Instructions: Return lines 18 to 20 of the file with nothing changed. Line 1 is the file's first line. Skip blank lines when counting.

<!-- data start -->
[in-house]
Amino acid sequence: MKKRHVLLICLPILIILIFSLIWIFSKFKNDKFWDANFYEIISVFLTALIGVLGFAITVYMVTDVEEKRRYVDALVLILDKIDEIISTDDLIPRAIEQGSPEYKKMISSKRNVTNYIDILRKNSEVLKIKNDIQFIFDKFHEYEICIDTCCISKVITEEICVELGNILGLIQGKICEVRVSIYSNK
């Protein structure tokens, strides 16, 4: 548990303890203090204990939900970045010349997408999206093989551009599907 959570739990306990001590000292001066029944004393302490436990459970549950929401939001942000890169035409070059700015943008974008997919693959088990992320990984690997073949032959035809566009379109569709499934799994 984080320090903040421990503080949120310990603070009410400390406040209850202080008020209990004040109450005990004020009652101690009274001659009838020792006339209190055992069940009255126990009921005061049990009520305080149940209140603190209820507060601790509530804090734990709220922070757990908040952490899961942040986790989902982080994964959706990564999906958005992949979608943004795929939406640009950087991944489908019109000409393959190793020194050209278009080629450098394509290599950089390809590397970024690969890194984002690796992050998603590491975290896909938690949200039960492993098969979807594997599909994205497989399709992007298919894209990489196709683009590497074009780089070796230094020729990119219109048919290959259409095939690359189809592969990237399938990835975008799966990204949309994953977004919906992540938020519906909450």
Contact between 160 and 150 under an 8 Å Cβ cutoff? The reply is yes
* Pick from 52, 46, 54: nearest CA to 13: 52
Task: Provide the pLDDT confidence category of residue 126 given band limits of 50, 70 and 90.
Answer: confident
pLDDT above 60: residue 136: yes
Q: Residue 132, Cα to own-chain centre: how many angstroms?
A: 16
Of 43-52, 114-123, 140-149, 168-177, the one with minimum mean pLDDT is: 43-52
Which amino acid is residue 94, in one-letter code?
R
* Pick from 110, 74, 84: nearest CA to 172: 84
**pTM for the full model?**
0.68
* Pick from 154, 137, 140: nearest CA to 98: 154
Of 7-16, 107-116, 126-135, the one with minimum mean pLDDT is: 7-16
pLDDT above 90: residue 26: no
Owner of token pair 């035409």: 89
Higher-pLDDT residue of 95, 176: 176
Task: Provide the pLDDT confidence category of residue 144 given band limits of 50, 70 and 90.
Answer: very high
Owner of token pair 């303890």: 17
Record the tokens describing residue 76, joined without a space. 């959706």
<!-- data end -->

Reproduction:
Of 7-16, 107-116, 126-135, the one with minimum mean pLDDT is: 7-16
pLDDT above 90: residue 26: no
Owner of token pair 């035409």: 89